Those were fascinating, bigger than life air cargo times in Holland.
     So many names passed, so many names stayed.
     But at Schiphol Airport there was an enigma . . .
     In 1969, Frank Volavsek, General Manager of Seaboard World Airlines in the presence of John F. Vuursteen, his Sales Manager at that time, handed over the root of a Sequoia Gigantea to Mr. Douwes Dekker, Managing Director of the Schiphol Airport Authority during an official ceremony at Schiphol.
     The event was held to commemorate the first ever DC-8 freighter flight between the American West Coast and Schiphol Airport.
     The date was October 16, 1969 to be precise.
     The initiative of Seaboard to plant what in two or three hundred years might become a giant California Redwood Tree was soon followed by other airlines.
     But only 3 trees survived over the years in the special ocean-climate that is the Low-Lands here.
     Over the four decades since it was planted, despite storms, the salty atmosphere near the ocean and even drought, the SWA Sequoia has pushed ever skyward.
     Along the way, even though SWA and almost everybody else was long gone, ever watchful John F. Vuursteen who followed in the footsteps of Frank Volavsek in his position at Seaboard World Airlines, in the capacity of Director Benelux & Scandinavia, kept the SWA tradition high in seeking the well-being of what both considered “their tree.”
     In 1994, Frank and John arranged a personal celebration, commemorating the Sequoia’s 25th anniversary; a now 40ft or 12 meter beauty.
Schiphol Sequoia Tree     John had become a very successful GSA at the airport he loved so much.
     Even after John retired he remained entangled and ever watchful of the fate of “Their Sequoia”.
     When I next met John again, we were discussing old ‘cargo times’ when he pointed out that the ‘The Ol’ Lady’ was still alive and kicking at the airport and now was a 20 meters or 66 foot tall beauty.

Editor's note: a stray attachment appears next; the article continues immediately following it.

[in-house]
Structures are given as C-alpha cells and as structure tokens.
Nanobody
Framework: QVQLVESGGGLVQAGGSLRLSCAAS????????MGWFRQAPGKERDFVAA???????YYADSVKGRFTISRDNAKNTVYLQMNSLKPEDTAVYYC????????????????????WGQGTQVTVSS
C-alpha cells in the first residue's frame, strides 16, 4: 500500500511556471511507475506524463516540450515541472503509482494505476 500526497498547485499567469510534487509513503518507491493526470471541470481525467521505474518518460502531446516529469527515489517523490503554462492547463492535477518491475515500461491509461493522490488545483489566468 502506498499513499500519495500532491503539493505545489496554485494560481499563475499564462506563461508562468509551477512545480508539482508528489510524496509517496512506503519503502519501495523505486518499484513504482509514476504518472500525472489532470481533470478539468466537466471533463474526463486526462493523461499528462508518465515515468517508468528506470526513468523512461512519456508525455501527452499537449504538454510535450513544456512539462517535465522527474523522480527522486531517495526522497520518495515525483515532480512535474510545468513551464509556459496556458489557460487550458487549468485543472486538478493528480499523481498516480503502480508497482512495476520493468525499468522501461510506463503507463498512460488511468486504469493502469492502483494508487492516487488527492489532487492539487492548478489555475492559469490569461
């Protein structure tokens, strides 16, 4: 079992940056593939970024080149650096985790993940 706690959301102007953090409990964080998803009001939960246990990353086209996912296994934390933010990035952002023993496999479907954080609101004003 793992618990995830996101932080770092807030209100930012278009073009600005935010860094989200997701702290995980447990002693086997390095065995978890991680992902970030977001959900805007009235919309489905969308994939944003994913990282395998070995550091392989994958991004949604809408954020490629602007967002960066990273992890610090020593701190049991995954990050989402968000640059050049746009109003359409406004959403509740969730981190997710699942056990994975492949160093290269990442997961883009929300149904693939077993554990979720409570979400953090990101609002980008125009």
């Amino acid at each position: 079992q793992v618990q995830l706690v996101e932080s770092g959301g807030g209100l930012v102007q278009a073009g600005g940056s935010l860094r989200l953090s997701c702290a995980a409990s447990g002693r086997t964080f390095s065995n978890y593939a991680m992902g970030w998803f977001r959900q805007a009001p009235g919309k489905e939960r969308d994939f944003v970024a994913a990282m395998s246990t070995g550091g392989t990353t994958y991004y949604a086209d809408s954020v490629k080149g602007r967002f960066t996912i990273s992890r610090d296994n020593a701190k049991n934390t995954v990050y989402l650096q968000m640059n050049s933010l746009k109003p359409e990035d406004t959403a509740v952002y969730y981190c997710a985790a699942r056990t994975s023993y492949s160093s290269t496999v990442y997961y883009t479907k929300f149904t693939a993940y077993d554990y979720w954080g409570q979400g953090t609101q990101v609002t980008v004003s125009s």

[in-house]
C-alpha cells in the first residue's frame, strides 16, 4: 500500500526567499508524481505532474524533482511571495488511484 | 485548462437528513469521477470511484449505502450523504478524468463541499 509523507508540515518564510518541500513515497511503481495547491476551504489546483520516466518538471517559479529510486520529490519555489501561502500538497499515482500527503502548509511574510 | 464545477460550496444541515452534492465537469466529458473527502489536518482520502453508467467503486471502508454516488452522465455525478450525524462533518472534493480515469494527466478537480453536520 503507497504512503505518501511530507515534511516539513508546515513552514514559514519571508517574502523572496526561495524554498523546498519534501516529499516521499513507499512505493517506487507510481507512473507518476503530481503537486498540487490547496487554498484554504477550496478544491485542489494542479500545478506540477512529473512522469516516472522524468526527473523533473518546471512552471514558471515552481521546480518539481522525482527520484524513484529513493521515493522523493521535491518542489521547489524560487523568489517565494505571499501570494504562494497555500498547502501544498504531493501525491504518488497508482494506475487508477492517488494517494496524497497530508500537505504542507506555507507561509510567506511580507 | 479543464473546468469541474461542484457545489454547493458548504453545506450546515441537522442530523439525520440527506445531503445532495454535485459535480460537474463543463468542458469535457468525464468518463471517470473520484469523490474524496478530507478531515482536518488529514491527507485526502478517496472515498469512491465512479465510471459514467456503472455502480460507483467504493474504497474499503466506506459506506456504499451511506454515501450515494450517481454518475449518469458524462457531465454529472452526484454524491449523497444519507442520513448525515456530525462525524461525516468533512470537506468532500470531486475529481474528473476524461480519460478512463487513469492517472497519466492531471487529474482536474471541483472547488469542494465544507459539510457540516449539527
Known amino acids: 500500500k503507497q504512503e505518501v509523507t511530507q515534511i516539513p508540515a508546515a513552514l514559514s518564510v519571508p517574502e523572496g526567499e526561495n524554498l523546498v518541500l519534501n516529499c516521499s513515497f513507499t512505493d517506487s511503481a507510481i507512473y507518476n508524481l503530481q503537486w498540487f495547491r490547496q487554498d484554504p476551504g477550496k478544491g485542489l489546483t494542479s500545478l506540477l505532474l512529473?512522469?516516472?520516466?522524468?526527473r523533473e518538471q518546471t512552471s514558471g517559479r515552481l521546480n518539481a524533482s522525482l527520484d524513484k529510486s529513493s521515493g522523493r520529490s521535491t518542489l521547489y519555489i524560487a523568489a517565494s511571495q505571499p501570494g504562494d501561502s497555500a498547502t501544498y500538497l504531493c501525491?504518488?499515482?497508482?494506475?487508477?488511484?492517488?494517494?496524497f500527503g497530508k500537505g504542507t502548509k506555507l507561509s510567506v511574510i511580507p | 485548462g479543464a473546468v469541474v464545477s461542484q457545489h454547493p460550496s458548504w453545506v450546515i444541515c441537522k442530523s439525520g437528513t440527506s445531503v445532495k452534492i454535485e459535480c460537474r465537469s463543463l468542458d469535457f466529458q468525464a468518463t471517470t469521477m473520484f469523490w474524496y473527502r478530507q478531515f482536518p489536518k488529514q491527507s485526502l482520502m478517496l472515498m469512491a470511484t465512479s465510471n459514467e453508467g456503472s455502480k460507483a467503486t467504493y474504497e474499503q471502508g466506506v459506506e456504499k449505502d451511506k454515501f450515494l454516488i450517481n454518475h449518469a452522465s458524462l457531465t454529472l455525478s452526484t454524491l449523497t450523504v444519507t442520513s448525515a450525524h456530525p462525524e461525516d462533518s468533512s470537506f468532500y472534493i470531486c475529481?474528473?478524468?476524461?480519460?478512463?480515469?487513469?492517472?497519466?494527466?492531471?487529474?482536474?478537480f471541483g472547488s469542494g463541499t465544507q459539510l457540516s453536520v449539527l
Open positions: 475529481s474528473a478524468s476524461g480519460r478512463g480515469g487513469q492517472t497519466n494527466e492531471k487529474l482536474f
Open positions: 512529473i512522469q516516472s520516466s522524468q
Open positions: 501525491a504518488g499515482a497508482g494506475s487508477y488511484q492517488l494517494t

I proposed to take some special pictures of the occasion.
     John was very glad to cooperate and tried hard to find Frank Volavsek’s contact address.
     Regretfully we found out that Frank died only 4 weeks before the planned photo-shoot at Schiphol.
     Frank is gone, but will be not forgotten.
     So here are some tokens of life within life. John F is still pushing the old lady as you can see.
     And for myself?
     I am proud to have been part of a Sequoiavian World of Giants.
     And Food for Thought . . .
     The average lifespan of the Sequoia Gigantea is 3,500 years.
     Now, ask yourselves, who will survive ?
     “The Ol’ Lady” or . . . Schiphol Amsterdam Airport?
     I hope both will.

Jos van der Woensel, Hoofddorp – The Netherlands
. . . Special thanks to Peter Walter and John Vuursteen

If You Missed Any Of The Previous 3 Issues Of FlyingTypers
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Vol. 19 No. 2
It Takes A Village To Ship Air Cargo
Chuckles for January 10, 2020

FT011420Vol. 19 No. 3
Quotable Mae Jemison
Chuckles for January 14, 2020
FedEx & Fred Still Together
White Paper Looks Ahead
Another One Bites The Dust?

Vol. 19 No. 4
ATC Steps Out Smartly In 2020
Chuckles for January 20, 2020
Lionel Is A Nice Guy First
Heavy Lifters At LAX